Measuring the Shaft speed of a motor

Discussion in 'Homework Help' started by __alex__9, Apr 30, 2011.

  1. __alex__9

    Thread Starter New Member

    Apr 30, 2011
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    For this piece of coursework i've been asked to purely design a 'monitoring and measuring system' for the speed of a drive motor. This system would need an item to display the speed and then a method of warning when the speed exceeds a set level. I will not be making this, all i need to do is to understand what is needed etc to a reasonable level.

    I'm not exactly an electronics whizz, but i did have a few ideas as to what needed to be included. However there are gaps in areas i am not 100% sure about, so if i've missed anything please tell me!

    The main idea I had reveloved around a 'tachogenerator', where you attach a generator to the shaft, this rotates and gives a voltage out, you do this at a number of speeds and produce a set of calibration data which can be used to compare voltage to shaft speed.

    This generator would then be in line with a A/D converter that converts this analogue signal (voltage) into a digital value. - I'm not 100% sure how this exactly fits in to the circuit?

    There could then be a pre-programmed pic chip that can take this digital value and output it as a number on an 8 bit display or something similar, and when the value is higher than a set level this could then set off an LED warning display and a simple 'warning' on a display screen or something along those lines. - I uncerstand that the pic chip can be programmed using 'circuit wizard,' which uses a flow chart like format, but i'm not sure exactly what i would need to put in to make this work

    I think that is all i should need, but like i've said above i'm not great by any extent with electronics etc so i would very much appreciate if when i've missed something could someone please point it out, or even if its giving me some more details on a particular part that i'm unsure of or have got wrong in my own understanding. Also if someone could tidy this up into a more neat example of what i mean i would really much appreciate it.

    Or alternatively if you have your own idea for a system that would work i would be very interested to hear it!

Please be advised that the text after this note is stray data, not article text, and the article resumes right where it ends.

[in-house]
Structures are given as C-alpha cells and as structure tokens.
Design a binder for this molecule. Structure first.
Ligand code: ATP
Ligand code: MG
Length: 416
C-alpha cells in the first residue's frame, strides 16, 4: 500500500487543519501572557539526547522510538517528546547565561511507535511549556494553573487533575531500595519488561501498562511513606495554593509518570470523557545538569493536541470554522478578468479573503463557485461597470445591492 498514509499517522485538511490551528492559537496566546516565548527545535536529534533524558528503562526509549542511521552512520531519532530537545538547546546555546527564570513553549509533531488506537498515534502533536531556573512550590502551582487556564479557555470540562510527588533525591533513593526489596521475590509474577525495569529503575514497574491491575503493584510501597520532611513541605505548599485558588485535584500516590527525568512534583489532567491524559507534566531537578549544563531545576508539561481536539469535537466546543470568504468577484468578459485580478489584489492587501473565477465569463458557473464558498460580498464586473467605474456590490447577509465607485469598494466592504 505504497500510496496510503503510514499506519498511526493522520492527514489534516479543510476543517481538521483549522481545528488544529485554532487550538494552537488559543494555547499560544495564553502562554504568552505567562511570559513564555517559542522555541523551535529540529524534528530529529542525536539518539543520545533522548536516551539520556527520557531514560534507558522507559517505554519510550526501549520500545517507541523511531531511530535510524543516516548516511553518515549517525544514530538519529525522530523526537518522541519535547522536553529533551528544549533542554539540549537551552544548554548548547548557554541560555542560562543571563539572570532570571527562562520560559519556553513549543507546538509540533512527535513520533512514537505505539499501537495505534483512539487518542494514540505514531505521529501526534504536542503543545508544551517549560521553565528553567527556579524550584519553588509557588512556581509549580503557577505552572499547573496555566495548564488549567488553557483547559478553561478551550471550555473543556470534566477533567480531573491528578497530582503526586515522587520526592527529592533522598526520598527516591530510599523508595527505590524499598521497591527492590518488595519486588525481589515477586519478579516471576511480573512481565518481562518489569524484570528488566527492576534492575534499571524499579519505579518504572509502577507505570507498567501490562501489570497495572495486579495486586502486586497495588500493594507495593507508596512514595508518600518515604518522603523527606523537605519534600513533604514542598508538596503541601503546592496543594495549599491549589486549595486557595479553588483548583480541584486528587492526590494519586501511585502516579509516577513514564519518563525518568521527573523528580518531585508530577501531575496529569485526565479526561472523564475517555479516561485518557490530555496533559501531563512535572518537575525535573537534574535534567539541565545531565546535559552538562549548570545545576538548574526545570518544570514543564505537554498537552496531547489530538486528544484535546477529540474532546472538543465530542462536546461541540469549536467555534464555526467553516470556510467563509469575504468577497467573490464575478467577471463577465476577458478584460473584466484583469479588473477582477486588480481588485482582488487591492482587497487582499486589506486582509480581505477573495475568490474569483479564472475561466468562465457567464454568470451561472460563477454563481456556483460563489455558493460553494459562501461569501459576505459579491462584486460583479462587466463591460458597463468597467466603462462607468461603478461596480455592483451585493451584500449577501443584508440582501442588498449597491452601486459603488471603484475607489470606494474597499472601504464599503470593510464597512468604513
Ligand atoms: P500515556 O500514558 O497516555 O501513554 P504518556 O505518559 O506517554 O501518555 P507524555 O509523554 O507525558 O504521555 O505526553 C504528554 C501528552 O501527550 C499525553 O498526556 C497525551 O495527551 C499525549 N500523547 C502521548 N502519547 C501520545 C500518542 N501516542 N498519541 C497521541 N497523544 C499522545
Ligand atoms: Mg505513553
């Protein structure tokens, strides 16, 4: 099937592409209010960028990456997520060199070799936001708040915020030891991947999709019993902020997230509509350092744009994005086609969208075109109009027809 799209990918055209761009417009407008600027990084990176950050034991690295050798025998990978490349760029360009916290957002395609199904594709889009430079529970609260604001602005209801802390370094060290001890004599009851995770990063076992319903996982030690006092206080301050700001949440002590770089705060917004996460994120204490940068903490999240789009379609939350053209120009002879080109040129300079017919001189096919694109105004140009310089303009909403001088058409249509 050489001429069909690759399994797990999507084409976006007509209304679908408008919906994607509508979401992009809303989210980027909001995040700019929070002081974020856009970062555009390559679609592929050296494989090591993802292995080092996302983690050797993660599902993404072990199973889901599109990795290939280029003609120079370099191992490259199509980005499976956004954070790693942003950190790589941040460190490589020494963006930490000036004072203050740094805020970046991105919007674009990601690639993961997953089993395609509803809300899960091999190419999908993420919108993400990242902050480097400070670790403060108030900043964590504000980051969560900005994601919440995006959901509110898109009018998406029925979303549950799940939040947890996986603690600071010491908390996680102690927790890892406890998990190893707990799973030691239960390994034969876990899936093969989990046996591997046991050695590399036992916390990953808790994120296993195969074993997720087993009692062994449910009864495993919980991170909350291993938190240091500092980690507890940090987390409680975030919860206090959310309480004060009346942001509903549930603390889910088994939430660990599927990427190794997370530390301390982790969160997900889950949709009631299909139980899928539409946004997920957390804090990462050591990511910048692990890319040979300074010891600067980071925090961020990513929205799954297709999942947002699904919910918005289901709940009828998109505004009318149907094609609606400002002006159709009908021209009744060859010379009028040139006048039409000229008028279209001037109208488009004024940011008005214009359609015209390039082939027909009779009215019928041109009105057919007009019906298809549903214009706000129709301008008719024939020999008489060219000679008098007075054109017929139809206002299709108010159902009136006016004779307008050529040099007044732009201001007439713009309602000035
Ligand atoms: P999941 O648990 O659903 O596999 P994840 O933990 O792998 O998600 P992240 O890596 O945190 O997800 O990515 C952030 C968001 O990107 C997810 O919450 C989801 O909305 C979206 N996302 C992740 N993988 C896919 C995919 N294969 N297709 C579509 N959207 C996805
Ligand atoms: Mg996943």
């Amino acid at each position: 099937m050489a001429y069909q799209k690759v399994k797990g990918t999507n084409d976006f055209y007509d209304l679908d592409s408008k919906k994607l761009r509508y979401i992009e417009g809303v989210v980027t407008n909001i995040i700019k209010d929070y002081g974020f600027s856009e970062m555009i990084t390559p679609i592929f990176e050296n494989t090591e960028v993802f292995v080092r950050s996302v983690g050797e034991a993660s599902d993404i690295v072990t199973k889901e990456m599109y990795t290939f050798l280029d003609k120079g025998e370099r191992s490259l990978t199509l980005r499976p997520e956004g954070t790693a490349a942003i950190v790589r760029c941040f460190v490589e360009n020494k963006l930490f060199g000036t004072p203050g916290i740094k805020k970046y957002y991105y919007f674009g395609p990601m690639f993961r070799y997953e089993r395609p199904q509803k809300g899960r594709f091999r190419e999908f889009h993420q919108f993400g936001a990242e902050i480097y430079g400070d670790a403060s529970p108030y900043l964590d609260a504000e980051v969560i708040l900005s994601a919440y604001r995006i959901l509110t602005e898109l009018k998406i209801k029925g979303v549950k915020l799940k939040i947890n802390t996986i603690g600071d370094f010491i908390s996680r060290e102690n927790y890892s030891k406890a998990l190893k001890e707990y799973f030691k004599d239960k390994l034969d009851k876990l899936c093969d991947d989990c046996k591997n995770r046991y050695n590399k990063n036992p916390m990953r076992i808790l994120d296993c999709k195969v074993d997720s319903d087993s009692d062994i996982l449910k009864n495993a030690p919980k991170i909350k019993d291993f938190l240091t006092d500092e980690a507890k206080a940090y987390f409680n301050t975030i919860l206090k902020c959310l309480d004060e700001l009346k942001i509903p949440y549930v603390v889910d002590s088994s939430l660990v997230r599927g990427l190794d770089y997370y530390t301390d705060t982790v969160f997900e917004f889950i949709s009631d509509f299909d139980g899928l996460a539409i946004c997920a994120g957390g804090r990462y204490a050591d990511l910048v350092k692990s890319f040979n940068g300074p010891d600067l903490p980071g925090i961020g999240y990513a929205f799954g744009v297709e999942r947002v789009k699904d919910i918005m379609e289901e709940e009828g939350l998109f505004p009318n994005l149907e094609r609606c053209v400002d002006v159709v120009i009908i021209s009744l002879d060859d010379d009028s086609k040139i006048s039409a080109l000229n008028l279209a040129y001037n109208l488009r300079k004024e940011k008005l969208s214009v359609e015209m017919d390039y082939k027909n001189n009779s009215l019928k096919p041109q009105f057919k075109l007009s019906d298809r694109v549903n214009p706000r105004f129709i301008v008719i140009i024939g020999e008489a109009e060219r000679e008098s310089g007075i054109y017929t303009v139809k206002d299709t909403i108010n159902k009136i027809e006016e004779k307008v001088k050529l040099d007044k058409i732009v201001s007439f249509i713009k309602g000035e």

Thanks guys,

    Alex~
     
    Last edited: Apr 30, 2011
  2. strantor

    AAC Fanatic!

    Oct 3, 2010
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    To what extent do you plan to design this yourself? do you have to construct the tachometer? do you actually have to or want to design the circuit? If you are looking for an easy out, there are ready made solutions for this I can tell you about if you are interested.
     
  3. __alex__9

    Thread Starter New Member

    Apr 30, 2011
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    No, I have to design this thing myself, its a pure design piece and i have no plans on constructing it, i've just got to understand to a reasonable level how this thing works, what it needs to contain and that type of thing. Sadly i don't think i can take the easy out, but these ready solutions may be interesting to see
     
  4. strantor

    AAC Fanatic!

    Oct 3, 2010
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    Then I would reccommend rather than using an analog tachometer which is expensive to buy and time consuming/difficult to make, that you use a rotary encoder. Interface this encoder to a microcontroller. The encoder will give you a certain number of pulses for 1 revolution, say 100 pulses for example. You can write a simple program in the microcontroller to scale the number of pulses recieved in a given time period to the desired speed units (RPM assumptively, or MPH if it's in a vehicle, or wind speed if it's a fan, whatever) and transmit this scaled value to an LCD. Should be fairly easy especially if you have a little programming experience. The encoder can also indicate (via programming) what direction the motor is turning and what the current shaft orientation is. This is how things are done mostly now days (with encoders) as analog tachs are being phased out. The encoder will probably be the costliest part. The microcontroller, LCD & assosciated components probably wouldn't break a 50$ budget, even if you went with a preassmbled microcontroller board like Arduino.